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Harper again a stolen-base threat under Lopes

WASHINGTON -- Last season, Bryce Harper stole six bases in 153 games.

Then he met Davey Lopes.

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WASHINGTON -- Last season, Bryce Harper stole six bases in 153 games.

Then he met Davey Lopes.

View Full Game Coverage

Now, with the help of the former Dodgers speedster-turned Nationals first-base coach, Harper has swiped a National League-best three bases in five games and leads a team that is newly committed to aggression on the basepaths.

"It's just the confidence he instills in the guys," Harper said of Lopes during Spring Training. "Every single time you get on base, if you get a good jump and you steal a bag or even if you get thrown out, it's always, 'Keep going.'"

After ranking 27th in the Major Leagues in stolen bases last year with just over one every three games (57 total on the year), the Nationals have stolen six bases through their first six games in 2016, ranking second in the Majors and first in the National League.

The key, said manager Dusty Baker, has been Lopes' keen eye for reading pitchers' deliveries and pickoff moves. Lopes, a former second baseman, stole 557 bases in his 16-year big league career, including 77 in 1975 and 47 in '85 at 40 years old.

"There's something you can take advantage of off every [pitcher], and Davey Lopes is the best at picking that up," Baker said. "Davey sees things very few people see."

Monday's 6-4 win over the Braves was a banner day for Washington's newfound aggression. Harper and Michael Taylor stole two bases apiece, and Ryan Zimmerman helped create a run by advancing to third on a foul popup down the first-base line before scoring on an infield single.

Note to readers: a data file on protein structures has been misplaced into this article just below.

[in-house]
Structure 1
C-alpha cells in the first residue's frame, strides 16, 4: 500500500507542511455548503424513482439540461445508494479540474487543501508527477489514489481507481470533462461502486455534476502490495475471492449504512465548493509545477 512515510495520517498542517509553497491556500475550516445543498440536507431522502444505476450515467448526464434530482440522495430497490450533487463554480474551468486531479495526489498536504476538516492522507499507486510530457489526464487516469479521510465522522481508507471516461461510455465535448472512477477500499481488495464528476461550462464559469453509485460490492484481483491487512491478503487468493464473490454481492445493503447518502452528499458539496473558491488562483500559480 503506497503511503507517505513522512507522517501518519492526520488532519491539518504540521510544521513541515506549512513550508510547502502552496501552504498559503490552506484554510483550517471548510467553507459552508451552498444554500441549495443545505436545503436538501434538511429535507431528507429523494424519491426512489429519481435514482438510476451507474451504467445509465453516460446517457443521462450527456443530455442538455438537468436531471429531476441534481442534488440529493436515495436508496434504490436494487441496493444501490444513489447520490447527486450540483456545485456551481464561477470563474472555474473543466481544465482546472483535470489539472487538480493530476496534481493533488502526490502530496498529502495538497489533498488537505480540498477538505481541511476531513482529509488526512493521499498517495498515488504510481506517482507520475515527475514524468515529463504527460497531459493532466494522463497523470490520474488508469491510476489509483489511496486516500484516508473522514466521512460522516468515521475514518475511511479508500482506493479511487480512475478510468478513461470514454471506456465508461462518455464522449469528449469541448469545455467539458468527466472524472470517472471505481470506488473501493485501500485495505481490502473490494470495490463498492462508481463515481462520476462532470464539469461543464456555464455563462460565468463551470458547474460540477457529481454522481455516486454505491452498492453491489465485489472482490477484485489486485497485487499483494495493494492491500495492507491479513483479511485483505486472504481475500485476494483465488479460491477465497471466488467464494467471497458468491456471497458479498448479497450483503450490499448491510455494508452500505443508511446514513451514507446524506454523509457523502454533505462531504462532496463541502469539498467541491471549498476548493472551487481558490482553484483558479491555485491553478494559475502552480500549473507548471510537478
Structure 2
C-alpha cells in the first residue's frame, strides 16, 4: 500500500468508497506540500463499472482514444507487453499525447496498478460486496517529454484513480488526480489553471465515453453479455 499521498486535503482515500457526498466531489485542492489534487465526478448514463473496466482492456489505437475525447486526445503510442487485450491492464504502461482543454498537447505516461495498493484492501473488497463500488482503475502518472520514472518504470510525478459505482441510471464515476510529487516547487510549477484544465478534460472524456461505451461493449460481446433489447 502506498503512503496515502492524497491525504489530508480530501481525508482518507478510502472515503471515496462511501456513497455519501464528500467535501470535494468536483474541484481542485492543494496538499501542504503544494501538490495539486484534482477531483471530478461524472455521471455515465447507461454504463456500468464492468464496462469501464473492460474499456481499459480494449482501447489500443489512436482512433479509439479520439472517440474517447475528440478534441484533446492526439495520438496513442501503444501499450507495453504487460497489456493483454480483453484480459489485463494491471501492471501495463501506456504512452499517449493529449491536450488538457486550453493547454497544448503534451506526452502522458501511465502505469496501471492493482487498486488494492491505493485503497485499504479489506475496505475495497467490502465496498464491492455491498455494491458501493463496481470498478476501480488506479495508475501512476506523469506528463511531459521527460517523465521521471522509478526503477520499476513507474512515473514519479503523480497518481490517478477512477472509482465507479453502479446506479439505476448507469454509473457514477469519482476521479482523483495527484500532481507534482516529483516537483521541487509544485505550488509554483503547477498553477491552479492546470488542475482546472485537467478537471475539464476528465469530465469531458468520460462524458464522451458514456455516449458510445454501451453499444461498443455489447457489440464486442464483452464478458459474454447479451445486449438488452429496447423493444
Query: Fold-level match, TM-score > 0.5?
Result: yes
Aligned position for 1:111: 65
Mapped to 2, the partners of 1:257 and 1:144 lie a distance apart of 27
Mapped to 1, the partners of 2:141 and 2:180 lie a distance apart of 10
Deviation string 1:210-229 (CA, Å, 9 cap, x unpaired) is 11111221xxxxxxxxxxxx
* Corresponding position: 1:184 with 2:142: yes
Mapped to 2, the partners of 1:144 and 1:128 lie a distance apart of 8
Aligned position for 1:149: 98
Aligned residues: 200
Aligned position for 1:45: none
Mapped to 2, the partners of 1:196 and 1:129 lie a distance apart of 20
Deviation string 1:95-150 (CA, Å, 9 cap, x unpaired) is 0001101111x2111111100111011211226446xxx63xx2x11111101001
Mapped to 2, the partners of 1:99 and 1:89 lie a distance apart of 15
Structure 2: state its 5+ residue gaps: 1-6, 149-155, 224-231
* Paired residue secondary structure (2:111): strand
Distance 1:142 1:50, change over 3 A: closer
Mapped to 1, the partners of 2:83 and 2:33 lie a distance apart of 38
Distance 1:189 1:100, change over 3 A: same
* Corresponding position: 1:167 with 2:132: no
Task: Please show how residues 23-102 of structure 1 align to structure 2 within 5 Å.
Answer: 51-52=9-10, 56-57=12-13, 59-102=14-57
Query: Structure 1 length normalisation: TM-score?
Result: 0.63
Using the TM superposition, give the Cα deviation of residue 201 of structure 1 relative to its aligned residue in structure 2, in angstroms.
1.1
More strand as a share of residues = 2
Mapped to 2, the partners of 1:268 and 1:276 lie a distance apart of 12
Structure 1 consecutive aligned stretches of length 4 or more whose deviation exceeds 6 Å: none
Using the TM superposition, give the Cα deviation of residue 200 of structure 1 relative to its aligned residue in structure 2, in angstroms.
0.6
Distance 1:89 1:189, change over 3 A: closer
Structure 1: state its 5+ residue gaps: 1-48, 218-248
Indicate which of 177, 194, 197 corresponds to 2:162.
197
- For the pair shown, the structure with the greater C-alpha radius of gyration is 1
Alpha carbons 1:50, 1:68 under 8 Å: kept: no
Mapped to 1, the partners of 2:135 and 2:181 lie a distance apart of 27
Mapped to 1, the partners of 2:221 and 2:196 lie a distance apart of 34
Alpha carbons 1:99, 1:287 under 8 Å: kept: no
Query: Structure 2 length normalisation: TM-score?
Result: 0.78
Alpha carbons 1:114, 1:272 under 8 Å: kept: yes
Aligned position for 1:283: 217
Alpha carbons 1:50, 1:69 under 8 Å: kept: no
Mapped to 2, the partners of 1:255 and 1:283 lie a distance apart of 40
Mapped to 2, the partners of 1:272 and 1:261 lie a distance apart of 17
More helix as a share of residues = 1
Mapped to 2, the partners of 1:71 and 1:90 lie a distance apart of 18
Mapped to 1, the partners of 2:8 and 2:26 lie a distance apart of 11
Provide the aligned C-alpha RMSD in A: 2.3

Video: ATL@WSH: Espinosa ties the game with a long sac fly

And though Tuesday's 2-1 win over the Braves showed the risks of bold baserunning -- Taylor was caught rounding first too far and Daniel Murphy was unable to get back to first base on a popout to right field -- the Nationals will take the bad with the good.

Lopes, who was hired away from the Dodgers in November, said he had heard the Nationals were resistant to stealing in past years, but he received total buy-in from all the players this spring.

"They wanted to speed up the game," Lopes said before Tuesday's matchup with the Braves. "We wanted to go first to third. We wanted to go second to home. We wanted to advance on balls in the dirt. We wanted to advance on a mistake an outfielder made coming in charging on a ball."

Harper's basestealing has been a particularly interesting development. Often a middle-of-the-order hitter is aggressive on the basepaths early in his career, then slows down as he adds muscle and the team grows to rely on his power. For example, Mike Trout and Andrew McCutchen recorded their career-high steal totals during their first full seasons, and Joey Votto slashed his stolen-base total after he won the 2010 National League MVP Award in his third full season.

Harper had appeared headed in the same direction, slowing down after stealing 18 bags as a rookie, but he appears to have reversed course upon Lopes' arrival.

Last year, Harper didn't steal his third base of the season until his 50th game. This year, he stole his third base of the season in his fifth.

"He's a different talent," Lopes said of Harper. "Some of the good ones who become, over time, the great ones, they're always looking for something to add to their game, and he's got that mentality."

Alex Putterman is an associate reporter for

Washington Nationals, Bryce Harper